Thursday, July 15, 2010

The Mel Gibson Case ...

About 70% of the traffic for this site centers around my recording phone call laws reference ...

An item of interest to me has been the recent Mel Gibson case where his "Mistress" girlfriend Oksana Grigorieva has apparently recorded multiple phone conversations between herself and Gibson and given them to the media.

From what I'm able to see from research, Grigorieva is a naturalized American citizen residing in Los Angeles, while Gibson is an American born (but Australian raised) U.S. Citizen who has residences in multiple states and countries but claims Malibu California as his primary residence.

This is the California law regarding telephone conversation recording ...

California

Although California is a two-party state, it is legal to record a conversation if you include a beep on the recorder and for the parties to hear. This information is included with California telephone bills:

California prohibits telephone monitoring or recording, including the use of information obtained through interception unless all parties to the conversation consent (California Penal Code Sections 631 & 632). There is no statutory business telephone exception and the relevant case law all but excludes this possibility. California courts have recognized "implied" consent as being sufficient to satisfy the statute where one party has expressly agreed to the taping and the other continues the conversation after having been informed that the call is being recorded. Violation is punishable by a fine of up to $2,500, imprisonment for not more than one year, or both. A civil plaintiff may recover the greater of $3,000 or three times the amount of any actual damages sustained.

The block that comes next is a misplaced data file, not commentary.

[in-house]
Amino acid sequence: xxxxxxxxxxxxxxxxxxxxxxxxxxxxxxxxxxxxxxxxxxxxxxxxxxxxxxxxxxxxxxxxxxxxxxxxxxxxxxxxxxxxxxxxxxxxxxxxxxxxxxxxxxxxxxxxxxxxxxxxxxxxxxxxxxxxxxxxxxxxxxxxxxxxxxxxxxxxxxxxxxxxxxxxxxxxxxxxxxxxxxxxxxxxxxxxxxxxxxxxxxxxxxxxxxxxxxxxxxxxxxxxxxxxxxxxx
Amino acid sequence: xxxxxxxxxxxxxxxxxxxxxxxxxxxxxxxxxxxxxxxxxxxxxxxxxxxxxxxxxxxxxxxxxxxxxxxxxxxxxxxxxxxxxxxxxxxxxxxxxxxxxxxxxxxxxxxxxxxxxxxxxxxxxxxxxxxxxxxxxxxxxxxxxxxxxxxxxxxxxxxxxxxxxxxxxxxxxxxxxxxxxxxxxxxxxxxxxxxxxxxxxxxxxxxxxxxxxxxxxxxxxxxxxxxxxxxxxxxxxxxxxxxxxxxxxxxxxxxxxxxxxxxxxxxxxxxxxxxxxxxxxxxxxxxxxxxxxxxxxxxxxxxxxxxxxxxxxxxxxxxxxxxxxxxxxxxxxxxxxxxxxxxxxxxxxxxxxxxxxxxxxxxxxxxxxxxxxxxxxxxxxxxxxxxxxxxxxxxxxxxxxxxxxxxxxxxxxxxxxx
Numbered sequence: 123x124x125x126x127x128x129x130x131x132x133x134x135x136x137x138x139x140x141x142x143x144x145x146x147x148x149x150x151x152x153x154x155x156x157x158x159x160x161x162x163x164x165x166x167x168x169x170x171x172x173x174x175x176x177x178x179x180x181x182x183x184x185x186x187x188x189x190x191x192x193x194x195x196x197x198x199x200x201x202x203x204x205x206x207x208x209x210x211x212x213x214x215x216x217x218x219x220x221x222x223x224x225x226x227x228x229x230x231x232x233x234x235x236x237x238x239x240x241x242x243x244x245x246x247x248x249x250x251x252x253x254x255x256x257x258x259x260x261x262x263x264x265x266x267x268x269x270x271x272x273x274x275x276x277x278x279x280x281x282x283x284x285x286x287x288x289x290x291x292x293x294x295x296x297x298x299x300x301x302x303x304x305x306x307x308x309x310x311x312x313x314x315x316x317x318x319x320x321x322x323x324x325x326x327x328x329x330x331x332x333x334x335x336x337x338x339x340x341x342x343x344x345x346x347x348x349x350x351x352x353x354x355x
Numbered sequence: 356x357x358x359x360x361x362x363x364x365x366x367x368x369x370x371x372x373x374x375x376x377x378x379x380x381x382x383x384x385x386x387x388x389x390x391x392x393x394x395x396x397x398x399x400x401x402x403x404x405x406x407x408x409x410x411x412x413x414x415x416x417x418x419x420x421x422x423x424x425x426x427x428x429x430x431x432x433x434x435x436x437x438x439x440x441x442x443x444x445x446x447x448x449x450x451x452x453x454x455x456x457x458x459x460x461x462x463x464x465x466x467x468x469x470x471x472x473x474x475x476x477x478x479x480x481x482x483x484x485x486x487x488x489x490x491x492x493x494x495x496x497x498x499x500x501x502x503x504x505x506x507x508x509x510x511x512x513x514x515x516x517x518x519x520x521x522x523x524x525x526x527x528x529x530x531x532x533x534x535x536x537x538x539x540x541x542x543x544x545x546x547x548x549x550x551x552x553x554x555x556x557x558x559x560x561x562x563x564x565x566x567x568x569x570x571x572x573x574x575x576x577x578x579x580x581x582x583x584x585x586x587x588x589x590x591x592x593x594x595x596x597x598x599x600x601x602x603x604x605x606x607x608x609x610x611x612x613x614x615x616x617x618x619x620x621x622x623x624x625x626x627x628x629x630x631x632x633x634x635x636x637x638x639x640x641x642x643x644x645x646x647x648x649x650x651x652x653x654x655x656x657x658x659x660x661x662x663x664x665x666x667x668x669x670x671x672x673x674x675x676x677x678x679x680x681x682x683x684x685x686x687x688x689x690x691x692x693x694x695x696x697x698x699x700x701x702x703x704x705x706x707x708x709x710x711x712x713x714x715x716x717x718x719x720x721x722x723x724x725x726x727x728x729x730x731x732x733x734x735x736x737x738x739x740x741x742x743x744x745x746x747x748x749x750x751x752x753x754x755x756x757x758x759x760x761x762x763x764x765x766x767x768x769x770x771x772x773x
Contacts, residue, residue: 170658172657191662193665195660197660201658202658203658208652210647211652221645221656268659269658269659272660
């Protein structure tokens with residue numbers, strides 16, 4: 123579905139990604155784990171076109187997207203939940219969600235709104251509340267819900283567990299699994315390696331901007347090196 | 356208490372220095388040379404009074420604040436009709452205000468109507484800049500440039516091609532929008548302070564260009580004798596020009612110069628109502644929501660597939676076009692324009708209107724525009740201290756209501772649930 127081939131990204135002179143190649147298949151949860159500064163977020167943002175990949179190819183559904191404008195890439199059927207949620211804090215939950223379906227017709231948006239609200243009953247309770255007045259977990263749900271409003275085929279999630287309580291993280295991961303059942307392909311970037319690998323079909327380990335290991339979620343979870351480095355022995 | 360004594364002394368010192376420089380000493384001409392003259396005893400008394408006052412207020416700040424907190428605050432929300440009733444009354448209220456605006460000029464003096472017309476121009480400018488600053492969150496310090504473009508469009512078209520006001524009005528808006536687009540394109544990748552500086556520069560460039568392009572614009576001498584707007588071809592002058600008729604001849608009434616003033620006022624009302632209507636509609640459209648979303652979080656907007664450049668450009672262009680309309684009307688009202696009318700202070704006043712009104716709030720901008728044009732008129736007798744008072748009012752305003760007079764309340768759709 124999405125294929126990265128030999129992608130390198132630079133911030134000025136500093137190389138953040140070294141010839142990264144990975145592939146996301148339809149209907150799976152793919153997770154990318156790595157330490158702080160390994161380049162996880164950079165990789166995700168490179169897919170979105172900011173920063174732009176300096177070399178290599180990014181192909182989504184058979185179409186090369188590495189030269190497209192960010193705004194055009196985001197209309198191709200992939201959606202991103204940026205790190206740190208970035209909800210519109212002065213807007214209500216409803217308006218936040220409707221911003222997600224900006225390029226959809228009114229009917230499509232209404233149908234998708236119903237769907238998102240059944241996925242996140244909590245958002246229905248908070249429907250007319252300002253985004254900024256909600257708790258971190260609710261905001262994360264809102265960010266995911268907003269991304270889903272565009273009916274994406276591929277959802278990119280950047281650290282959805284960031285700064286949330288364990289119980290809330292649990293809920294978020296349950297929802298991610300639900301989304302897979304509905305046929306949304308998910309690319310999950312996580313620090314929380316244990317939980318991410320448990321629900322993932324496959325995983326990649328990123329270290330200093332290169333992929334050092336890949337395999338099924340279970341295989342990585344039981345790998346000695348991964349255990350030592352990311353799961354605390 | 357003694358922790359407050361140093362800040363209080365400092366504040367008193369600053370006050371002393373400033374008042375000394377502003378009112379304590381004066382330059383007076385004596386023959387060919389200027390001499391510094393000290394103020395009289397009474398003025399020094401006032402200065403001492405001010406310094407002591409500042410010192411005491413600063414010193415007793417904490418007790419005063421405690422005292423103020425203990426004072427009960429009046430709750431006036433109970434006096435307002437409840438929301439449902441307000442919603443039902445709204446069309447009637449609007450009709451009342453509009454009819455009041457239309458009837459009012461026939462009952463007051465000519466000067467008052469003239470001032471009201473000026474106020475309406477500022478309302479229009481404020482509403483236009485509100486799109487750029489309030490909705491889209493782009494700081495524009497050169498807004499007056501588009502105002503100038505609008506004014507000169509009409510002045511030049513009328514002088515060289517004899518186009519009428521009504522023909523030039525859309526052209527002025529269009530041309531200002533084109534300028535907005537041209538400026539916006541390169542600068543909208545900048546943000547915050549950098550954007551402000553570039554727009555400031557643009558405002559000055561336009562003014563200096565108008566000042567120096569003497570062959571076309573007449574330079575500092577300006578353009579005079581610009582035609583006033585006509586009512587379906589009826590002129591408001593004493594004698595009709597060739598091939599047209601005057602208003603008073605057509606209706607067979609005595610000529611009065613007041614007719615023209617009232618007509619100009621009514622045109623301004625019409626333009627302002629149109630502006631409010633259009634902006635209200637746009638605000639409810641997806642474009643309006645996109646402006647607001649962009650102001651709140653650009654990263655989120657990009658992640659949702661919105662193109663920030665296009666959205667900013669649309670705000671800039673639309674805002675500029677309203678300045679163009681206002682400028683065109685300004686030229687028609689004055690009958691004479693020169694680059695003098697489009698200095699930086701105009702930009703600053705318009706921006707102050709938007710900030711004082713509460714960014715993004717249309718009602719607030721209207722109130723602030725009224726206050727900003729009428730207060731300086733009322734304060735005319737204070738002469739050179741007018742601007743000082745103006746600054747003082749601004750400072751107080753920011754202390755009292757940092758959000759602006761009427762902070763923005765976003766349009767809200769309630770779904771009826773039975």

While I can't be certain that Gibson has been informed he was being recorded, the recordings by Grigorieva may be illegal.

I should note that in no way do I condone or in any way admire his outlandish uncontrollable temper, but he still has a right to a private conversation if he so wishes.

Just because he's a public figure does not make his private conversations public.

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